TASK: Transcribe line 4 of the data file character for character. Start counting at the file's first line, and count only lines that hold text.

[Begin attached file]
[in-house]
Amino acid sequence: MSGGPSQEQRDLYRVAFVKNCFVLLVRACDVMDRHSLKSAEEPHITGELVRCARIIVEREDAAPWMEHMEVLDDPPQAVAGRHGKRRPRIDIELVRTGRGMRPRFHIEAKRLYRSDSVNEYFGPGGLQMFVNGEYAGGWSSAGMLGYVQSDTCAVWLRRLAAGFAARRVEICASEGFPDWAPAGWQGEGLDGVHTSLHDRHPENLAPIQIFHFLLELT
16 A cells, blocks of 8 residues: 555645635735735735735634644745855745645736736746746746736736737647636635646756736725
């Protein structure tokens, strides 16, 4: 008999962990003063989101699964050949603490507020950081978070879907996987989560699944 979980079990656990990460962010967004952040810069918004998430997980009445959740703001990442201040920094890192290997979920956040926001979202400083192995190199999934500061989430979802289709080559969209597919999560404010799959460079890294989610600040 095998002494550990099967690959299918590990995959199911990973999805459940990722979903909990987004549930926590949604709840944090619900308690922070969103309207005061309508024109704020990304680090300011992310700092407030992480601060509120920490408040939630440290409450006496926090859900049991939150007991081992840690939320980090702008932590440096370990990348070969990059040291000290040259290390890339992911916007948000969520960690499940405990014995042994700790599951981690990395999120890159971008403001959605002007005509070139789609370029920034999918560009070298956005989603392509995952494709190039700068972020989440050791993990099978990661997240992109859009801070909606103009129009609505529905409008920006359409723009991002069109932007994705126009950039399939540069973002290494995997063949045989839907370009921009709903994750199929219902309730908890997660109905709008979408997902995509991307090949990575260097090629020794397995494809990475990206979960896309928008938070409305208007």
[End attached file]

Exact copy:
């Protein structure tokens, strides 16, 4: 008999962990003063989101699964050949603490507020950081978070879907996987989560699944 979980079990656990990460962010967004952040810069918004998430997980009445959740703001990442201040920094890192290997979920956040926001979202400083192995190199999934500061989430979802289709080559969209597919999560404010799959460079890294989610600040 095998002494550990099967690959299918590990995959199911990973999805459940990722979903909990987004549930926590949604709840944090619900308690922070969103309207005061309508024109704020990304680090300011992310700092407030992480601060509120920490408040939630440290409450006496926090859900049991939150007991081992840690939320980090702008932590440096370990990348070969990059040291000290040259290390890339992911916007948000969520960690499940405990014995042994700790599951981690990395999120890159971008403001959605002007005509070139789609370029920034999918560009070298956005989603392509995952494709190039700068972020989440050791993990099978990661997240992109859009801070909606103009129009609505529905409008920006359409723009991002069109932007994705126009950039399939540069973002290494995997063949045989839907370009921009709903994750199929219902309730908890997660109905709008979408997902995509991307090949990575260097090629020794397995494809990475990206979960896309928008938070409305208007």